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Aspiring young artists can showcase drawings in Wildlife Federation's fish art contest

The deadline for entries is Tuesday, April 30.
The goal of the program is to get the younger generation thinking about Saskatchewan’s outdoor spaces, native wildlife, and to expand their knowledge of what the province has to offer.

Aspiring young artists and outdoor enthusiasts now have a chance to enter an art contest thanks to the Saskatchewan Wildlife Federation’s (SWF) 2024 Fish Artwork Contest set to commence throughout the month of April.  

The contest is open to students from around Saskatchewan in Grades 4 – 6 and runs from April 1 – 30. Each work of art must contain a rendition of a game fish that’s native to the province.

The deadline for entries is Tuesday, April 30, and applicants will have some leeway for post-dated works that arrive up to a few days later to account for traditional mail delivery times.

The goal of the program is to get the younger generation thinking about Saskatchewan’s outdoor spaces, native wildlife, and to expand their knowledge of what the province has to offer.

“It’s good to see the artwork coming in and kids taking time to think about what we have in our waters in this province,” said Doug Gibson, the director of education at the SWF.

Once the drawings have been received, a panel of judges keeps narrowing down the entries until only the top 10 remain. When all entries have been submitted, judges pick the top three contest winners and make the announcement in May.

The judging process aims to be as fair as possible, so the 10 or so judges participate in a vote. These judges are comprised of long-serving staff members at the SWF, and Gibson said several of them have been working there and serving as judges for more than two decades.

“(The judges) have done it quite a few times (and) they’ve seen a little bit of everything,” Gibson said.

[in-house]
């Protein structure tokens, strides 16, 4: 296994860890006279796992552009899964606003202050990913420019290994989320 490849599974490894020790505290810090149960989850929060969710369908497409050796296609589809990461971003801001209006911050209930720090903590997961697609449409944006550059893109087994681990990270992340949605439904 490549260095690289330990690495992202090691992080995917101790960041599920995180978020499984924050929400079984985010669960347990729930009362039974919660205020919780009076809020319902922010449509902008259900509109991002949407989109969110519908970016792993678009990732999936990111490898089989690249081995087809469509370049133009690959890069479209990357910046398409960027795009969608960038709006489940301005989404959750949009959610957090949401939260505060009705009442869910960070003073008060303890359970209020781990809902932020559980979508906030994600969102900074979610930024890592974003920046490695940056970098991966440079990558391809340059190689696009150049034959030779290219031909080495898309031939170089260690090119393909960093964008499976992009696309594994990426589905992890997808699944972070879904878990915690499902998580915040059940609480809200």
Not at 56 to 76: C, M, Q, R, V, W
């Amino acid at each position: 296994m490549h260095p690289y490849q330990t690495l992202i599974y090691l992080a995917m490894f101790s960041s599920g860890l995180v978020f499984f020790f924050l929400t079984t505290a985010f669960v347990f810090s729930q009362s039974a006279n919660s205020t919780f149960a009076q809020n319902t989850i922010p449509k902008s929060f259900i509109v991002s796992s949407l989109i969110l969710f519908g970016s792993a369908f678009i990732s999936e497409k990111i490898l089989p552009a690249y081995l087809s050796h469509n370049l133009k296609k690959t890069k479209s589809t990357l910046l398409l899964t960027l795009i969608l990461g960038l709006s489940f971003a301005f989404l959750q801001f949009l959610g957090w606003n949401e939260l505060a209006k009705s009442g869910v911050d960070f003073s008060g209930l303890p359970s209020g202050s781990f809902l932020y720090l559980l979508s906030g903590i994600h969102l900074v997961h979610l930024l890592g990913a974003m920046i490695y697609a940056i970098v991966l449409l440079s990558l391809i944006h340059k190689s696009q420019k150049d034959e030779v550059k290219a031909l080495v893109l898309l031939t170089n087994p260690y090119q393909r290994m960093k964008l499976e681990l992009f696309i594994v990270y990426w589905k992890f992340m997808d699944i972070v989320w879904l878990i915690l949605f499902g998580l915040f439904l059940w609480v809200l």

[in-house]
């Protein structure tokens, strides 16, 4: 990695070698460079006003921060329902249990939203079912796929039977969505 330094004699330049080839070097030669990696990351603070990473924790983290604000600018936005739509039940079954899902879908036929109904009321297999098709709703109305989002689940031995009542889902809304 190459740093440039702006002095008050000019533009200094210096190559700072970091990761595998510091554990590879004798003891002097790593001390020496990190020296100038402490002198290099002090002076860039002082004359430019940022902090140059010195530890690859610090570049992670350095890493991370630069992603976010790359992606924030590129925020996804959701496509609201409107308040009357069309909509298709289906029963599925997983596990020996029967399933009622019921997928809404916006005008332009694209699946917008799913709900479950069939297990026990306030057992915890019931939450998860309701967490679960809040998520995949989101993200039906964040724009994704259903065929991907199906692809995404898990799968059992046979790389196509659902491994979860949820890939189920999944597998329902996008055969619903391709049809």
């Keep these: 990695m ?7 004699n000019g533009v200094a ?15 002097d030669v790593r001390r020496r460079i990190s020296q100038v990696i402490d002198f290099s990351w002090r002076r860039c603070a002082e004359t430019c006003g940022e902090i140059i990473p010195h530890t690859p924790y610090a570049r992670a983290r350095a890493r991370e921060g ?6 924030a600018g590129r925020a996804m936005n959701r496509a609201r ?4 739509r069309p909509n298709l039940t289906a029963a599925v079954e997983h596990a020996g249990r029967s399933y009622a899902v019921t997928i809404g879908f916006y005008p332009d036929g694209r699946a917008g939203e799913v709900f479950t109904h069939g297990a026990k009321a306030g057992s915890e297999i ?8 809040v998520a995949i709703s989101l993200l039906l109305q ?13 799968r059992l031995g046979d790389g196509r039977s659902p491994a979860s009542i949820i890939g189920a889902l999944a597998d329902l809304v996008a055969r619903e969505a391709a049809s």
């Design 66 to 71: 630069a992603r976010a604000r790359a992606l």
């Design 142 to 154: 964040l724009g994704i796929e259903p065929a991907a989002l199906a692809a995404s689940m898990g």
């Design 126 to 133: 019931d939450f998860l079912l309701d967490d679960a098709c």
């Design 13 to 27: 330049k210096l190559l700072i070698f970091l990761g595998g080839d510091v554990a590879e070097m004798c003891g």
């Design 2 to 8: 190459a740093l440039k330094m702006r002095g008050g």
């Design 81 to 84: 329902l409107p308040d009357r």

The top three contest winners are then awarded with a prize package offered by the SWF. This package includes a rod and reel, SWF swag, and the winning artists get their picture taken to be featured in the Outdoor Canada West magazine.

For an idea on where to begin, Gibson said many submissions reference someone fishing and the picture can contain a boat, fishing rod, and perhaps a stick figure fishing from the boat – as long as the fish species is clearly represented in the drawing.

Art submissions are accepted across a wide range of media, and Gibson said he’s accepted drawings that were done in black and white, pencil crayon, crayon, and he even received a few watercolour paintings.

There are only two types of media that will not be accepted: anything that has been traced and anything that has been generated electronically by using a computer.

When it comes to advice on creating an award-winning masterpiece, Gibson said the key is to be creative.

“(One of the previous pictures) that was submitted was a fish jumping out of water, and it was actually done really well. I don’t know, it was just different. It doesn’t have to be this absolutely picture perfect (drawing), like that one wasn’t perfect – it was just really cool,” Gibson explained.

“I would tell a kid, ‘Even if you don’t think it’s good, submit it, because you never know.’”

The preferred method of submission is through traditional mail and all artworks must be an original creation. Each drawing must be done on standard 8.5" (21.59 cm) by 11" (27.94 cm) paper.

Once completed, submissions can be mailed to the Saskatchewan Wildlife Federation Central Office at 9 Lancaster Road, Moose Jaw, Saskatchewan, with postal code S6J 1M8. All letters should be to the attention of Doug Gibson, Director of Education.

Gibson is reminding all potential applicants not to forget the addition of their name, grade, teacher, and school on the back of the drawing.

For more information, visit the SWF in person at 9 Lancaster Road, online at, or call 306-692-8812.